| Jun 12, 2012
By Justin W. Sanders With reporting from Eunice Roh and Danae Young
While PromaxBDA: The Conference attendees and staff prepped this morning for this afternoon’s Conference Welcome, a smaller but no less crucial event was already in full swing by 9:15 a.m.: the Creative Educators Forum
(CEF), an initiative of PromaxBDA’s Industry Development and Diversity program. Its opening session, “What a Difference a Partnership Makes: Building Access Channels for Student Talent Into the Media and Entertainment Industry," focused on the synergy between employers and students, on the student’s desire to learn and the employer’s opportunity to educate them while also facilitating the opportunity to produce work.
As PromaxBDA president and CEO Jonathan Block-Verk said in his opening address to the educators in attendance, CEF seeks to “build a relationship with the academic community and help you help your students get into this [media] industry… Today’s forum is about you, about creating those relationships.”
CEF moderator Katerina Zacharia, PromaxBDA’s director of industry development and diversity, continued Block-Verk’s thread: “There are so many disciplines represented [at CEF],” she said. “Here is the opportunity to talk and give voice. It’s not about just the educators coming to the forum but us going into the institutions. We want to talk, we want to collaborate.”
Noted speakers in this session included Rob Battles, SVP of creative services for AMC Networks Inc.; Bill Galbreath, education director of design and technology schools at Full Sail University; Pamela Goodale, associate cooperative education coordinator for the College of Arts, Media and Design at Northeastern University; Chris Hannan, SVP of Fox Sports Media Group; and David Saphirstein, director of creative technology at ESPN.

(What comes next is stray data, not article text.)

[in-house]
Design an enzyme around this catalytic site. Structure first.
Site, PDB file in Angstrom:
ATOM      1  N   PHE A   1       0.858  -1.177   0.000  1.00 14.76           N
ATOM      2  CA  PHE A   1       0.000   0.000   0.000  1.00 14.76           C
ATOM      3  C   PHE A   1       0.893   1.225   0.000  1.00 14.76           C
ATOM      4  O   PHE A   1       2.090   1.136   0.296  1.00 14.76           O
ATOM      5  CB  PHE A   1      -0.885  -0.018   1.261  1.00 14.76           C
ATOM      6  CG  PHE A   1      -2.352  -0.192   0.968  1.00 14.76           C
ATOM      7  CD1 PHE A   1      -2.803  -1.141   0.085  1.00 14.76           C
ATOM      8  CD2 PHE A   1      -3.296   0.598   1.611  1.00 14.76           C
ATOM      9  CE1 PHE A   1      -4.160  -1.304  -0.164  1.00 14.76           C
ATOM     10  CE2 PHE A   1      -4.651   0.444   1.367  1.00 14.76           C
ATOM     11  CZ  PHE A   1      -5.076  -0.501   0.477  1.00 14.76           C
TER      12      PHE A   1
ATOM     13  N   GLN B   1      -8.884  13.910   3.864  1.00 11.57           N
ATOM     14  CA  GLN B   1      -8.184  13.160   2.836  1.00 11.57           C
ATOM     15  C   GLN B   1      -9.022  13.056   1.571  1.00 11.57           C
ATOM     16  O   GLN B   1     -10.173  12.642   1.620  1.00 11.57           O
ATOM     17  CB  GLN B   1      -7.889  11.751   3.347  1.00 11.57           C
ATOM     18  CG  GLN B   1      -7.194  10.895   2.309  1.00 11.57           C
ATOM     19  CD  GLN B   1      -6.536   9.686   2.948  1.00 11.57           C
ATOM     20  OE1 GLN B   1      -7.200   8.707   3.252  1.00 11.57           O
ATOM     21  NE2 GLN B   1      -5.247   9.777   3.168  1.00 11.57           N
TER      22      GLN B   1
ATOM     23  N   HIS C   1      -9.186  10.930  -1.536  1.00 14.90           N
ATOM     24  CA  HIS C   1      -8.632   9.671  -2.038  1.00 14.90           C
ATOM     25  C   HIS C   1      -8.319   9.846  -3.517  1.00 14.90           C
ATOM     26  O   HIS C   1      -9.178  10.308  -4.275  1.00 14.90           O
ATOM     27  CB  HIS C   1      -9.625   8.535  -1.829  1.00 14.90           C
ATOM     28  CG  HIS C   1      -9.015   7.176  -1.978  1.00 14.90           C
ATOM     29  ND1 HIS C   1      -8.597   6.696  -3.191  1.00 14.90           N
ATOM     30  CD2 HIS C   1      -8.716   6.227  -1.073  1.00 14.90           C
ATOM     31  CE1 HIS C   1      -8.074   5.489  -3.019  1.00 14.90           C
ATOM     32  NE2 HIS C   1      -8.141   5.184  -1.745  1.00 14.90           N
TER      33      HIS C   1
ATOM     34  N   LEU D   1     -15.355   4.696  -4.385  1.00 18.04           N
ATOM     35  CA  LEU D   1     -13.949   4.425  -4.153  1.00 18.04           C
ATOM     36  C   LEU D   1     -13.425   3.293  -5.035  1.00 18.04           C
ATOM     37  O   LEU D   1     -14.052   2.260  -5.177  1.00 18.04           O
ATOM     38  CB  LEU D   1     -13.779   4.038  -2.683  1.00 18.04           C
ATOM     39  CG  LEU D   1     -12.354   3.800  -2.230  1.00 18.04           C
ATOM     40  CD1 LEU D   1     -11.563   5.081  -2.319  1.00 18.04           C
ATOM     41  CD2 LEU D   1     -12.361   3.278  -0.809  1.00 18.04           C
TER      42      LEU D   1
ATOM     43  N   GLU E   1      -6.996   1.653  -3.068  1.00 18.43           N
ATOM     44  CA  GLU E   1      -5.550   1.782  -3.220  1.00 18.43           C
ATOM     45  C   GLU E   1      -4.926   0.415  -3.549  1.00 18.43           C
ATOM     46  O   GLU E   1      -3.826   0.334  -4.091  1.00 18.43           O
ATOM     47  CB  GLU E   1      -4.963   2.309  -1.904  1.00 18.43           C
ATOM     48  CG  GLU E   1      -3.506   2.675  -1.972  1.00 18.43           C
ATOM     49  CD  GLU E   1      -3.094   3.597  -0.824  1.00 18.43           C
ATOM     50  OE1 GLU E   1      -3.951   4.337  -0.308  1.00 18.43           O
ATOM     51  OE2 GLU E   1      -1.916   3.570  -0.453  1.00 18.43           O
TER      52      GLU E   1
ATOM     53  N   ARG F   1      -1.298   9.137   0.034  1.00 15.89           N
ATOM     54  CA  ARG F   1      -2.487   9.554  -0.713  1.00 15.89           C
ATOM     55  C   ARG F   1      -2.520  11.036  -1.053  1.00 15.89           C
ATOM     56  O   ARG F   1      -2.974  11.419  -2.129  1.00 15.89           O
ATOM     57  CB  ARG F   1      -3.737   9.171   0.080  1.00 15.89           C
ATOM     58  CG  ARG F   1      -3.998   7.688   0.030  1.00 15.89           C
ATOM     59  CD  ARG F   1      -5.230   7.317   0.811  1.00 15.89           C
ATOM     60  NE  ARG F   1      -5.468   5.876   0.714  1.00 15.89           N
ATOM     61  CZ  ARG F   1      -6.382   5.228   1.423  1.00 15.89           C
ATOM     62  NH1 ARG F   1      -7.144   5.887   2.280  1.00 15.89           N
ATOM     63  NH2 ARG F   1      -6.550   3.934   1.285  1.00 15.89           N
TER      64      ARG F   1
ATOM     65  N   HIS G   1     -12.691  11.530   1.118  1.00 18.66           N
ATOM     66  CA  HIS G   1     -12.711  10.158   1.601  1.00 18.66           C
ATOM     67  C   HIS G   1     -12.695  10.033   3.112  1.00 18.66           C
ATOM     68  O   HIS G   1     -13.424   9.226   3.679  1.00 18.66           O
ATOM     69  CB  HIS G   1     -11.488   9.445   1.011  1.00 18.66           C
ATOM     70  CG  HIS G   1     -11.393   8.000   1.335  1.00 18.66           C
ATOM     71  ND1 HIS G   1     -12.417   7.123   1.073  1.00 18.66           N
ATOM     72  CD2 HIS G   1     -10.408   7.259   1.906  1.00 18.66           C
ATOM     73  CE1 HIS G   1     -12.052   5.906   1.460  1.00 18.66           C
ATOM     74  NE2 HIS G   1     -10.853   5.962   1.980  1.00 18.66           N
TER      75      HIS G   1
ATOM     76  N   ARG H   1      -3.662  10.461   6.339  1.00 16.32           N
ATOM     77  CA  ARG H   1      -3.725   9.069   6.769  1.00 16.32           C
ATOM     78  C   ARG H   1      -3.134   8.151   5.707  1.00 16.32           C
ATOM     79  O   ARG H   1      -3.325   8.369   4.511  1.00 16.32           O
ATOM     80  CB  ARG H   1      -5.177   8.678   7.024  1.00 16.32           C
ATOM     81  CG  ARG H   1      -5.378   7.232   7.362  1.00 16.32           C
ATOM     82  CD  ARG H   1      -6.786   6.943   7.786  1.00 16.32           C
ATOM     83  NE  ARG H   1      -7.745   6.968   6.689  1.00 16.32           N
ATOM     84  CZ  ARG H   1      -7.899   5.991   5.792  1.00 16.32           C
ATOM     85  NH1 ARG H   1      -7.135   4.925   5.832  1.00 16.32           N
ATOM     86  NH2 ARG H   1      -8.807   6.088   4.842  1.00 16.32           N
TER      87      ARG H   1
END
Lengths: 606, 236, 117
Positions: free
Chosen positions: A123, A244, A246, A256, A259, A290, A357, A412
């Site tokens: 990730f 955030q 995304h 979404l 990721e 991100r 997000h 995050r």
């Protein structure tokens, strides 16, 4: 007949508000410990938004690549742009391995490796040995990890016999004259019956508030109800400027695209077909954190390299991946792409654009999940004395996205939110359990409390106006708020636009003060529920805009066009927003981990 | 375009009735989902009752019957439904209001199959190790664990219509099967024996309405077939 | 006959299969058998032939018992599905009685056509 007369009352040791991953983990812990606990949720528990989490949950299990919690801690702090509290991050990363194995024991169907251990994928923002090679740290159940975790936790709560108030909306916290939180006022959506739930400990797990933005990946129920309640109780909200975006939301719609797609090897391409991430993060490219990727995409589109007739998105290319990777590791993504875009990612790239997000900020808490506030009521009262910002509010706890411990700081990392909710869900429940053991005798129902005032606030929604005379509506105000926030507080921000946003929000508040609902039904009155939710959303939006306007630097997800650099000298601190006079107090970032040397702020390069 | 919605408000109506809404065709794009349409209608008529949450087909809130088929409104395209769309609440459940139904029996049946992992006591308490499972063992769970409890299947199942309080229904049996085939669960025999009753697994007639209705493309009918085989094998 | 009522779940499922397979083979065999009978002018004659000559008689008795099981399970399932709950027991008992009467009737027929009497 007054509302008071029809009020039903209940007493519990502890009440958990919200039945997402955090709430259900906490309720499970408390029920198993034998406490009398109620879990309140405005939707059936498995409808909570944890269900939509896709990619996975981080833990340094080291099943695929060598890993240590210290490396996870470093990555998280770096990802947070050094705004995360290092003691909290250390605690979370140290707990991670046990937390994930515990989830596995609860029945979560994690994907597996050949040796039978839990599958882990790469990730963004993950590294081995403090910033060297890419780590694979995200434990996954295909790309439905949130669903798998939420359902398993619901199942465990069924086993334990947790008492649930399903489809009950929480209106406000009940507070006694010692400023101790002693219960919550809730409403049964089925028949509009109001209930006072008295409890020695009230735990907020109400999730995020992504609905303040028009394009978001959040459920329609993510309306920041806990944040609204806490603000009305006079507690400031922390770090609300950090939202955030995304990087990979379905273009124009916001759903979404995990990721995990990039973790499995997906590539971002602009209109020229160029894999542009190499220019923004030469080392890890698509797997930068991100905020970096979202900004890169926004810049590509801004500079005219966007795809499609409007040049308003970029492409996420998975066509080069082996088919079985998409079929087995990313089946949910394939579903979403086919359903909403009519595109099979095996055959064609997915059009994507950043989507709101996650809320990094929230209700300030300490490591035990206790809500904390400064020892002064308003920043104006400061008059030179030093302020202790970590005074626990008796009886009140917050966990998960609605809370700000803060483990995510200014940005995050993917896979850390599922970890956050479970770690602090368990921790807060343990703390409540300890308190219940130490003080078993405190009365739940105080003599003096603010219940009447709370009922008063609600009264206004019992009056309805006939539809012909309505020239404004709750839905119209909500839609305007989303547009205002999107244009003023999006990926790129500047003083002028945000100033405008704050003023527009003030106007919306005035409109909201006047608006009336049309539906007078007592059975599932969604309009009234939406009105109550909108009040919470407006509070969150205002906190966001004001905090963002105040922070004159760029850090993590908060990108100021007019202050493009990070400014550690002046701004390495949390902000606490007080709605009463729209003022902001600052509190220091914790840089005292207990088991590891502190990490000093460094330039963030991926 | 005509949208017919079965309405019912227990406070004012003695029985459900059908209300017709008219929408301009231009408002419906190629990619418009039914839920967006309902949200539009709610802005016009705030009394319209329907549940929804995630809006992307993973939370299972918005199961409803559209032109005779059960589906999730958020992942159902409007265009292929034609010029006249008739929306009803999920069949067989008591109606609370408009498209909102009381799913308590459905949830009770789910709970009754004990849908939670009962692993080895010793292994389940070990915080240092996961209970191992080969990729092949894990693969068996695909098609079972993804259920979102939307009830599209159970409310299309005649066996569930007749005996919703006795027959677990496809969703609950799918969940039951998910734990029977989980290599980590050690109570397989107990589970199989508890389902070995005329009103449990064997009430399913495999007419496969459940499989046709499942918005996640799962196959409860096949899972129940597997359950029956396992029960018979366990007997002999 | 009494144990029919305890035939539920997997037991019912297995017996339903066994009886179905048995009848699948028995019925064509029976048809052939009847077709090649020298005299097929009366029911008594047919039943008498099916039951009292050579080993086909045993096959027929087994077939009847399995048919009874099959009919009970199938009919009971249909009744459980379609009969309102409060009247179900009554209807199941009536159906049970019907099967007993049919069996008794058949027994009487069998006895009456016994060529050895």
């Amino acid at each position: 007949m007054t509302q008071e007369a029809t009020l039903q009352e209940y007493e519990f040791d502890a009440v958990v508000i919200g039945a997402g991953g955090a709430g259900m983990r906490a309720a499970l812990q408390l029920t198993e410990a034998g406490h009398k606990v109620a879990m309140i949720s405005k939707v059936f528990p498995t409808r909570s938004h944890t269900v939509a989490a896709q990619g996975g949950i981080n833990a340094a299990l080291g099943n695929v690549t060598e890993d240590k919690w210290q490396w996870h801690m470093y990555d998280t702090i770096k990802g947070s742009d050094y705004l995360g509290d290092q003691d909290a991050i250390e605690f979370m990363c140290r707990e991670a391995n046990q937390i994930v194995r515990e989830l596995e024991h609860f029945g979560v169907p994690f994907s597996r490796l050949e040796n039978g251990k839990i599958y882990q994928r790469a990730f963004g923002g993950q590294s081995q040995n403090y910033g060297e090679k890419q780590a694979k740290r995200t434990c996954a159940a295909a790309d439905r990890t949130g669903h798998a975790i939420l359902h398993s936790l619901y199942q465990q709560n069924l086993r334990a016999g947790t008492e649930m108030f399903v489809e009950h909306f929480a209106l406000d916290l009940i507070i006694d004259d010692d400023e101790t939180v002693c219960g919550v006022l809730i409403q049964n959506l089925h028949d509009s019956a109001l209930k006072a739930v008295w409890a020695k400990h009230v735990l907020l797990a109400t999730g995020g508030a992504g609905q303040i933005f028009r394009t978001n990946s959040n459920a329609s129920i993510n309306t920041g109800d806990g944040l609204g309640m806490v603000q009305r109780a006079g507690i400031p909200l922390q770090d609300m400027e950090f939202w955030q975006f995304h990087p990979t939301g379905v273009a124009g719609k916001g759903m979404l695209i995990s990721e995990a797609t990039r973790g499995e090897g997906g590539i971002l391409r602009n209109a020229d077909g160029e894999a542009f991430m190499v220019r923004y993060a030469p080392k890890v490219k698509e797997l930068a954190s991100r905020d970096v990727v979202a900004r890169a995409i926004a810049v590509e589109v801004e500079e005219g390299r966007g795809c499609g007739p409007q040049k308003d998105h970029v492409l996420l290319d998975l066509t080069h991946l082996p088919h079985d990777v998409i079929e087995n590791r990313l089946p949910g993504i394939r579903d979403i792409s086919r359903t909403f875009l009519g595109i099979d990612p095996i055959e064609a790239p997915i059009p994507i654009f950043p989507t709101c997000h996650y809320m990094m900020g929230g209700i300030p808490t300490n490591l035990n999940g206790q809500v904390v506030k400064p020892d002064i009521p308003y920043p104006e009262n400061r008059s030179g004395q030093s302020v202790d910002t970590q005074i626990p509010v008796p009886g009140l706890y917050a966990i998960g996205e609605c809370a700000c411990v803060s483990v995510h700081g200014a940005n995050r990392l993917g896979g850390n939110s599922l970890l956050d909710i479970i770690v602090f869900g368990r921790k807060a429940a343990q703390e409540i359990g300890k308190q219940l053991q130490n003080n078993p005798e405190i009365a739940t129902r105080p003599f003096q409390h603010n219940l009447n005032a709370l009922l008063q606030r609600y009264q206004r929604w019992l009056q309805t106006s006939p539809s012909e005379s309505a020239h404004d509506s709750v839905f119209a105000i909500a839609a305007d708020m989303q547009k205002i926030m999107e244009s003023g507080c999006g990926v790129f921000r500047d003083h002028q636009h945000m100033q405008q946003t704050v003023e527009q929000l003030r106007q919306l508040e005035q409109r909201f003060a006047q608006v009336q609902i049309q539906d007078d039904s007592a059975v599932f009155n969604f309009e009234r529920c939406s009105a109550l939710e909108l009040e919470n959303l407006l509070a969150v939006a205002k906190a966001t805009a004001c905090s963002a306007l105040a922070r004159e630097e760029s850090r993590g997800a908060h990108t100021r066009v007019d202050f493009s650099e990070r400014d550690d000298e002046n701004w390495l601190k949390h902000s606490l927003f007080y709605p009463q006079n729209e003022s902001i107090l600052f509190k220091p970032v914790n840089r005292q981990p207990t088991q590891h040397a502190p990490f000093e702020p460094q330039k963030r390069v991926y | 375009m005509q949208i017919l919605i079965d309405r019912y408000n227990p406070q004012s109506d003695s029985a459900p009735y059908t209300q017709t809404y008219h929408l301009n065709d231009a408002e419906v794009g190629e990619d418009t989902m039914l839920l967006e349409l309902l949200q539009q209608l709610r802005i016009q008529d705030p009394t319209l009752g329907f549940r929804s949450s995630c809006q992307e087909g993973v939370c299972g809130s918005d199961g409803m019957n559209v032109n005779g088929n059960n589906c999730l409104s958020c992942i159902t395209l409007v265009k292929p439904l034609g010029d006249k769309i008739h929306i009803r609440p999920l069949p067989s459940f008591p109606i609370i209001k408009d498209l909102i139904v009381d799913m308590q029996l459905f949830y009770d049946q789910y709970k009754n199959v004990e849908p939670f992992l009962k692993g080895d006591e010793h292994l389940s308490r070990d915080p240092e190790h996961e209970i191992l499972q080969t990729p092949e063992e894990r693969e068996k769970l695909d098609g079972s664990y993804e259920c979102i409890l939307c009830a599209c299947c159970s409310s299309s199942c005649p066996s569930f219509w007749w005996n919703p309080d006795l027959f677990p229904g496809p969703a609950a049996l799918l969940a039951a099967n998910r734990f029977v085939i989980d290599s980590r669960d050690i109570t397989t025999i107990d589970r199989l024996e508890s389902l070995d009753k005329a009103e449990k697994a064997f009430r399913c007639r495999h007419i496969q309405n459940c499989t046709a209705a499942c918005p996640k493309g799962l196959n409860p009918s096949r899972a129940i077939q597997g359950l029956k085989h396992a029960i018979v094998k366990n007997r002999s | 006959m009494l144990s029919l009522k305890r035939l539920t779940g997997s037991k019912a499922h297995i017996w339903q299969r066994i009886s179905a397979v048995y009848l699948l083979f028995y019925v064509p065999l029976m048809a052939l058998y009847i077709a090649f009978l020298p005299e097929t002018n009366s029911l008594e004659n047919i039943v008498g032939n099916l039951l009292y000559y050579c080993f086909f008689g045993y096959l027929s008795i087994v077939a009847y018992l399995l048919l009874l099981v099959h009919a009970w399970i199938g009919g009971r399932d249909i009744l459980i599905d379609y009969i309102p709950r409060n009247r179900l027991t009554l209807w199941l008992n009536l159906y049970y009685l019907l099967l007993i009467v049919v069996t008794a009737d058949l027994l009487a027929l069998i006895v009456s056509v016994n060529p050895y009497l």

“Northeastern has become so popular because of our cooperative education program,” said Pamela Goodale, speaking on the university’s College of Arts, Media and Design’s innovative option that lets students alternate between six months of education and six months of paid work experience. The advantage to employers is that they can create meaningful positions and those positions will already be covered, she noted. Though Northeastern is located in Boston, where industry jobs are harder to come by, the college has tried to compensate through a partnership with AMC.
Representing another partnership between academia and industry, Full Sail University’s Bill Galbreath and ESPN’s David Saphirstein discussed how their collaborative student program has grown from a technology-focused training to logo design opportunities, soccer coverage and much more. “Having access to that generation is just tremendous,” said Saphirstein of the Full Sail students who come to ESPN. “They have new ideas and see media in a different way.” ESPN also offers workshops, speakers and one-on-one training to students.
Fox Sports Media Group’s Chris Hannan spoke of his company’s “Creative University” program, which works with different education institutions to bring students to Fox. “At Fox Sports, education is our priority,” he said. “On the grassroots level and community and at higher level… I think the biggest thing for us is just being flexible. We pick schools that make sense for them to work with us.”
Other session on today's CEF schedule include “Industry Meet Educators, Educators Meet Industry. Now Let’s Work!” and “The Evolution of Transmedia in the Media Landscape.”